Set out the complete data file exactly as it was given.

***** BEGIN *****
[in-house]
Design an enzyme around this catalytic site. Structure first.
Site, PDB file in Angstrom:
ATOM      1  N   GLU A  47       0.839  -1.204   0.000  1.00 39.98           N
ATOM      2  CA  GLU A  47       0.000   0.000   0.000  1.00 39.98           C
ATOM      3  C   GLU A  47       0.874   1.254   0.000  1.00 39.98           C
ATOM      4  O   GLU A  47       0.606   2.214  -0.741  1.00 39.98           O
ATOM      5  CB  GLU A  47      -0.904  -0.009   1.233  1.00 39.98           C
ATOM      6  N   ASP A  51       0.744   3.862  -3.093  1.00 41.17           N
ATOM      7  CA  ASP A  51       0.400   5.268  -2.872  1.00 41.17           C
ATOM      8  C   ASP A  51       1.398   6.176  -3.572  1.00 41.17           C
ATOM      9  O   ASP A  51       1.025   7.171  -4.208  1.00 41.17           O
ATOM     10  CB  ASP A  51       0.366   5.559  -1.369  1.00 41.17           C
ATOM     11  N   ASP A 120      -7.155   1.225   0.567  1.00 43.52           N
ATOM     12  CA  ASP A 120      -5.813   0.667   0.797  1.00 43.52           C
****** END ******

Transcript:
[in-house]
Design an enzyme around this catalytic site. Structure first.
Site, PDB file in Angstrom:
ATOM      1  N   GLU A  47       0.839  -1.204   0.000  1.00 39.98           N
ATOM      2  CA  GLU A  47       0.000   0.000   0.000  1.00 39.98           C
ATOM      3  C   GLU A  47       0.874   1.254   0.000  1.00 39.98           C
ATOM      4  O   GLU A  47       0.606   2.214  -0.741  1.00 39.98           O
ATOM      5  CB  GLU A  47      -0.904  -0.009   1.233  1.00 39.98           C
ATOM      6  N   ASP A  51       0.744   3.862  -3.093  1.00 41.17           N
ATOM      7  CA  ASP A  51       0.400   5.268  -2.872  1.00 41.17           C
ATOM      8  C   ASP A  51       1.398   6.176  -3.572  1.00 41.17           C
ATOM      9  O   ASP A  51       1.025   7.171  -4.208  1.00 41.17           O
ATOM     10  CB  ASP A  51       0.366   5.559  -1.369  1.00 41.17           C
ATOM     11  N   ASP A 120      -7.155   1.225   0.567  1.00 43.52           N
ATOM     12  CA  ASP A 120      -5.813   0.667   0.797  1.00 43.52           C